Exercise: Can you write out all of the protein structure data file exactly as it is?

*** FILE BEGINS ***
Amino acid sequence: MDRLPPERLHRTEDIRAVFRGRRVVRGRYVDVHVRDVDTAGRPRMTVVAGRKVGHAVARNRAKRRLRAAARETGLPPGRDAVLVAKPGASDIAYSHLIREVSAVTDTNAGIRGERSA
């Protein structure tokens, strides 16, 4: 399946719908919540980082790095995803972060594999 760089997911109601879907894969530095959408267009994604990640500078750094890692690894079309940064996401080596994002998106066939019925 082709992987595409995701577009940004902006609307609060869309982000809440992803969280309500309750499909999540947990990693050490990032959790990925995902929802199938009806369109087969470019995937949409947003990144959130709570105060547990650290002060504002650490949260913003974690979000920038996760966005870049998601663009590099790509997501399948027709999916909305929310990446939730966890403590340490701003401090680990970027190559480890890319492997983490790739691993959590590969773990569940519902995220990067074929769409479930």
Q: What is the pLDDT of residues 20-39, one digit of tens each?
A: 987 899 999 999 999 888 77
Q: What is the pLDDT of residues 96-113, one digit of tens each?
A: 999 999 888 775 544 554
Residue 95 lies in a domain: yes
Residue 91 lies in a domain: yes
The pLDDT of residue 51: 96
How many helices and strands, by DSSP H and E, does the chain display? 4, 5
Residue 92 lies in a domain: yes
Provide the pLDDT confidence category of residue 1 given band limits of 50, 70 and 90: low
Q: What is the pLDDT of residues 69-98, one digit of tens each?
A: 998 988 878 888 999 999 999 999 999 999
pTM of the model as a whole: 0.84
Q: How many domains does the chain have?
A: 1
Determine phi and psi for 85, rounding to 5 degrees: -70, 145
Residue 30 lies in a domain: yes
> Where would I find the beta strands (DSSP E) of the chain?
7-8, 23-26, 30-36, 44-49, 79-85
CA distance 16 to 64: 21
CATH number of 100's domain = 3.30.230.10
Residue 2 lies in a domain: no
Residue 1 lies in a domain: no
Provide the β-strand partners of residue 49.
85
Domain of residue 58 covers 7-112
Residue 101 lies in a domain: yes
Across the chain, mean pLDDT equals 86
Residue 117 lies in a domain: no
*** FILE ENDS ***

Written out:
Amino acid sequence: MDRLPPERLHRTEDIRAVFRGRRVVRGRYVDVHVRDVDTAGRPRMTVVAGRKVGHAVARNRAKRRLRAAARETGLPPGRDAVLVAKPGASDIAYSHLIREVSAVTDTNAGIRGERSA
């Protein structure tokens, strides 16, 4: 399946719908919540980082790095995803972060594999 760089997911109601879907894969530095959408267009994604990640500078750094890692690894079309940064996401080596994002998106066939019925 082709992987595409995701577009940004902006609307609060869309982000809440992803969280309500309750499909999540947990990693050490990032959790990925995902929802199938009806369109087969470019995937949409947003990144959130709570105060547990650290002060504002650490949260913003974690979000920038996760966005870049998601663009590099790509997501399948027709999916909305929310990446939730966890403590340490701003401090680990970027190559480890890319492997983490790739691993959590590969773990569940519902995220990067074929769409479930």
Q: What is the pLDDT of residues 20-39, one digit of tens each?
A: 987 899 999 999 999 888 77
Q: What is the pLDDT of residues 96-113, one digit of tens each?
A: 999 999 888 775 544 554
Residue 95 lies in a domain: yes
Residue 91 lies in a domain: yes
The pLDDT of residue 51: 96
How many helices and strands, by DSSP H and E, does the chain display? 4, 5
Residue 92 lies in a domain: yes
Provide the pLDDT confidence category of residue 1 given band limits of 50, 70 and 90: low
Q: What is the pLDDT of residues 69-98, one digit of tens each?
A: 998 988 878 888 999 999 999 999 999 999
pTM of the model as a whole: 0.84
Q: How many domains does the chain have?
A: 1
Determine phi and psi for 85, rounding to 5 degrees: -70, 145
Residue 30 lies in a domain: yes
> Where would I find the beta strands (DSSP E) of the chain?
7-8, 23-26, 30-36, 44-49, 79-85
CA distance 16 to 64: 21
CATH number of 100's domain = 3.30.230.10
Residue 2 lies in a domain: no
Residue 1 lies in a domain: no
Provide the β-strand partners of residue 49.
85
Domain of residue 58 covers 7-112
Residue 101 lies in a domain: yes
Across the chain, mean pLDDT equals 86
Residue 117 lies in a domain: no